Full Trident replacement or zero, says defence chief

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The outgoing head of the armed forces warned today that the Government might as well scrap Britain's nuclear deterrent if the decision is taken to downgrade it.

Air Chief Marshal Sir Jock Stirrup said any lesser replacement for Trident would not be "credible".



The comments came amid a growing row over the cost and shape of the UK's nuclear capability, with speculation that weapons might not remain continuously deployable in future.



Senior Tories have expressed alarm at reports that the Government could put off the final decision on whether to go ahead with the replacement of the four missile-carrying submarines - due to be announced in 2014 - until after the election in 2015.



Giving evidence to the Commons Public Administration Committee this morning, Sir Jock stressed that it was for politicians to decide whether the UK should have a nuclear deterrent.



But assuming the Government's commitment to that principle, the Chief of the Defence Staff said: "We have to have the minimum credible deterrent.



"If you are not going to have that, then you are better off having zero.



"Spending money on a less than minimum credible deterrent makes, to me, no strategic sense at all."



He went on: "I would be worried about any proposition that was untenable in the context of maintaining the minimum credible nuclear deterrent, which, to me, is continuous at-sea deterrence by a submarine."









Sir Jock, a former jet pilot who has been Chief of the Defence Staff since 2006, is due to leave his post later this autumn. He had been due to stay on for another six months, but soon after the coalition came to power, it was announced he was leaving early.



He told the MPs the two "critical issues" surrounding a Trident replacement were the ageing submarines and the need to maintain a submarine-building capacity.



But asked about a possible delay in the "main gate" decision - when the main spending on the project is triggered - he said: "I'm not aware that any decision has been taken along those lines."



The Prime Minister's spokesman said the decision to renew Trident had "already been taken", but the coalition was "examining the issue of value for money".



"The position is that we will maintain the nuclear deterrent," the spokesman said.



"Clearly, as part of that value for money review you would expect us to be looking at the profile of spending."



Pressed on what "profile" meant in the context, he added: "It means when you spend money."



Asked whether David Cameron shared Sir Jock's view that the only "credible" form of deterrent would be one that was continuously at sea, the spokesman replied: "The Prime Minister had made his view known on this. We are committed to an effective nuclear deterrent."



Moving to delay the replacement of Trident could ease both the pressure on the over-stretched defence budget and political tensions within the coalition, with the Liberal Democrats pressing for a cheaper alternative.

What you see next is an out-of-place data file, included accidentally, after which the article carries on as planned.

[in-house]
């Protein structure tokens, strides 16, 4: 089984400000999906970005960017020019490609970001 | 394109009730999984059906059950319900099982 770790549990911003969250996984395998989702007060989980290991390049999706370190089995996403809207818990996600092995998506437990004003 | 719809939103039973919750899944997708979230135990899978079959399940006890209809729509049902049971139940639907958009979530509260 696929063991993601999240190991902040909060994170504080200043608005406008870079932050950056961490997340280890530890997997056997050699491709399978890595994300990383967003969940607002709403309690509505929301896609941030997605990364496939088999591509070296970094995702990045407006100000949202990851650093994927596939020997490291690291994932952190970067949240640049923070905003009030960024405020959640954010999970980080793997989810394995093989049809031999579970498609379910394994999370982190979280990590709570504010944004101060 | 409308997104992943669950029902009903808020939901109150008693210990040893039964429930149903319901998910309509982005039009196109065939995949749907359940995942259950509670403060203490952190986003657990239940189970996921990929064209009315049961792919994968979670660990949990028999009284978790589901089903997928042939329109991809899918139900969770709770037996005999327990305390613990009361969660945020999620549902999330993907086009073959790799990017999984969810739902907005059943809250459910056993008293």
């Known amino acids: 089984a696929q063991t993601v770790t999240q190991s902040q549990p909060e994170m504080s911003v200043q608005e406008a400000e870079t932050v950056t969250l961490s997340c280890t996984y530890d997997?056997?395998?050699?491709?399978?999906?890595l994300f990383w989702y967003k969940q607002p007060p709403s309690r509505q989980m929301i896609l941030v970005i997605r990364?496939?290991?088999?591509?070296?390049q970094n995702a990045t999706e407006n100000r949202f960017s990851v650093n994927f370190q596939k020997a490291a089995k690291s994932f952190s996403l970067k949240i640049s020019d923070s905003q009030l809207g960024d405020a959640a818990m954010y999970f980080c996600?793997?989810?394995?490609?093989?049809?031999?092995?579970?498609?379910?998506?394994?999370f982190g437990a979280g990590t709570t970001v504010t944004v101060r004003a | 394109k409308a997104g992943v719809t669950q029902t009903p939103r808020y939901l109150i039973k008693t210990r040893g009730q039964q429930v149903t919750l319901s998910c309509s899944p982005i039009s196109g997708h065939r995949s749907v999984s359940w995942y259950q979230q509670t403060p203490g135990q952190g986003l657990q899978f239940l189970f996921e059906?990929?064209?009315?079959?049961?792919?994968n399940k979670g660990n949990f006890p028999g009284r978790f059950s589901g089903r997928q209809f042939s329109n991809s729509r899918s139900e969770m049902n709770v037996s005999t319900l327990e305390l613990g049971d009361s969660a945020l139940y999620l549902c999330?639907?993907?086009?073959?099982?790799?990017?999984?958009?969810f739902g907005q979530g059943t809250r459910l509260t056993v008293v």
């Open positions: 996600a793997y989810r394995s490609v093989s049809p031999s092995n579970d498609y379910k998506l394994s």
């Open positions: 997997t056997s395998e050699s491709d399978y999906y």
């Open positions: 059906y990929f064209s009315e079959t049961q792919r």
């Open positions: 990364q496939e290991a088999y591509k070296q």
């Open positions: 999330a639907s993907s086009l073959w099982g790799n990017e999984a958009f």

But Conservative MP Bernard Jenkin, a former defence spokesman and chairman of the Commons Public Administration Committee, warned that any postponement would be unacceptable to Tories.



He said that putting off the "main gate" decision would actually increase the long-term costs while casting doubt on the Government's commitment to maintain the nuclear deterrent.



"I don't think this will happen because it would disturb the Conservative Party very, very deeply," he told BBC Radio 4's Today programme.



"This would be the maddest decision of them all. It would immediately cast doubt on whether the Government has actually got the resolve to follow through with the programme at all.



"If you delay, you reopen the whole question, you create uncertainty about how viable our existing deterrent would be and you raise questions about whether we actually resolve to remain the power with global reach and influence throughout the world that we are today.



"It is about what sort of country you want to be."



But the prospect of a delay was welcomed by former Lib Dem leader Sir Menzies Campbell, who said it would provide an opportunity to look again at other weapons systems.



"We are in the midst of a wholesale defence review. You simply cannot proceed upon assumptions that had their origin in the Cold War," he told the Today programme.



"It seems to me that it makes a great deal of sense to allow us a breathing space to consider whether a like-for-like replacement - four boats, 192 warheads - is what is necessary for Britain's defence when we know there are other alternatives available."



Labour leadership contender Ed Miliband said the row underlined the political weakness of the coalition.



"This decision by the coalition looks worryingly like a Government putting off the difficult political choices because they are too weak and too divided to take them, rather than showing the leadership and strength to make tough choices in the long-term interests of our country," he said.



The Ministry of Defence said that while the Government remained committed to a submarine-based nuclear deterrent based on the Trident missile system, the programme timetable could be reviewed as part of the continuing strategic defence and security review.



A spokesman said: "Within the framework of the strategic defence and security review, a review is ongoing to ensure that the renewal of the deterrent provides value for money.



"It will consider the programme timetable, numbers of submarines, missiles, missile tubes and warheads, infrastructure and other support costs, and the industrial supply chain.



"Once the review has concluded, ministers will discuss and agree the optimum balance of capability and cost."

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